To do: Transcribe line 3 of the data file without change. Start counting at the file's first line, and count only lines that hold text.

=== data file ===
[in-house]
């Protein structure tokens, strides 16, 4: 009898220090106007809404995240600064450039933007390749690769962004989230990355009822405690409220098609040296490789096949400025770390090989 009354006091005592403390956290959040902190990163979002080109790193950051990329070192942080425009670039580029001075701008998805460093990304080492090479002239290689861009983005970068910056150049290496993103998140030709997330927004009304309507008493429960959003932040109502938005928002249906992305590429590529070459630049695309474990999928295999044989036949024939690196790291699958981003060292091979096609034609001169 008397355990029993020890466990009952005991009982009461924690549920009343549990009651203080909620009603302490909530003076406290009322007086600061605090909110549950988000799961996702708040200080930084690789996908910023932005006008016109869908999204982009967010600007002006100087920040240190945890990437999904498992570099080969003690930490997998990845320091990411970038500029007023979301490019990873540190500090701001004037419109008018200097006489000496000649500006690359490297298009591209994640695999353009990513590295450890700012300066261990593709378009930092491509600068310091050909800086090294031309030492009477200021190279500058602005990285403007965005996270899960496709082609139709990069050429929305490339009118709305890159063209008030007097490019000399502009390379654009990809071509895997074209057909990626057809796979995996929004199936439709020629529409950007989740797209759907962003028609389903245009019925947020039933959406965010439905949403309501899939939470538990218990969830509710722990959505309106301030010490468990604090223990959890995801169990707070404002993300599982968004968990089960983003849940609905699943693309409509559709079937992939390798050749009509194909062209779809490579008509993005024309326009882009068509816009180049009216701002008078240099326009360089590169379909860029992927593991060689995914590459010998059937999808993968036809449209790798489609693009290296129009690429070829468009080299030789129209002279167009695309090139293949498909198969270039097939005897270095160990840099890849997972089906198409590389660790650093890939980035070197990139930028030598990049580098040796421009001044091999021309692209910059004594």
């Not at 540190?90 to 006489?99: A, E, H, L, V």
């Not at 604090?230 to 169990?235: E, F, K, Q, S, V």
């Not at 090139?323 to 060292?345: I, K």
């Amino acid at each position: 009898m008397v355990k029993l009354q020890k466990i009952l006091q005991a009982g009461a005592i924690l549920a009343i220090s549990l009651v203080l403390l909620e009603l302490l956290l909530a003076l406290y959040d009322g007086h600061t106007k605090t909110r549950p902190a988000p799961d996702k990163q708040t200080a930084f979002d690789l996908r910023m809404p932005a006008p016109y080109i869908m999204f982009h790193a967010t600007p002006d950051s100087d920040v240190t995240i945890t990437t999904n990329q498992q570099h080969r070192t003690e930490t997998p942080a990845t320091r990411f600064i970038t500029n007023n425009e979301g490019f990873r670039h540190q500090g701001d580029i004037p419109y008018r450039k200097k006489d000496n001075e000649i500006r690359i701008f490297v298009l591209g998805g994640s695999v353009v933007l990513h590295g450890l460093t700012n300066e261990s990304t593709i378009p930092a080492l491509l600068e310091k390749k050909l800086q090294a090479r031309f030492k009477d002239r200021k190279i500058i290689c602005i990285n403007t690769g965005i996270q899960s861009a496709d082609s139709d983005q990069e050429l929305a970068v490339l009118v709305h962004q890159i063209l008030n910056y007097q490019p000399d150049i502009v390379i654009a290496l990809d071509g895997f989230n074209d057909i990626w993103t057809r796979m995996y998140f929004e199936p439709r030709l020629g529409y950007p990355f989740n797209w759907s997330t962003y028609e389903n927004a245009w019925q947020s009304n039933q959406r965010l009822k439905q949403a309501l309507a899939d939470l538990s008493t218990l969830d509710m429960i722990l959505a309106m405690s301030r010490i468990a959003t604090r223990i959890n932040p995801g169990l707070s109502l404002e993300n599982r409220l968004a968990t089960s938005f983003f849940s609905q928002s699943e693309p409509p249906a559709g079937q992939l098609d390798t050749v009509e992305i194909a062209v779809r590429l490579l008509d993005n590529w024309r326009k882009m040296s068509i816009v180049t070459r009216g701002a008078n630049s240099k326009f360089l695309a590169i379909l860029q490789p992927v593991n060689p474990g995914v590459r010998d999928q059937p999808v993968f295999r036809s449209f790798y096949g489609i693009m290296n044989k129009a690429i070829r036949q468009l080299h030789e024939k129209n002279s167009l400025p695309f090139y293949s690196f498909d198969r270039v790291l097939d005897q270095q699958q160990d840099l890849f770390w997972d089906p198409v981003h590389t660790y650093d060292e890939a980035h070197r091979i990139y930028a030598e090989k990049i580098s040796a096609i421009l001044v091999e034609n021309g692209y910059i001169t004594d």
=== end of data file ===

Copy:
């Not at 540190?90 to 006489?99: A, E, H, L, V």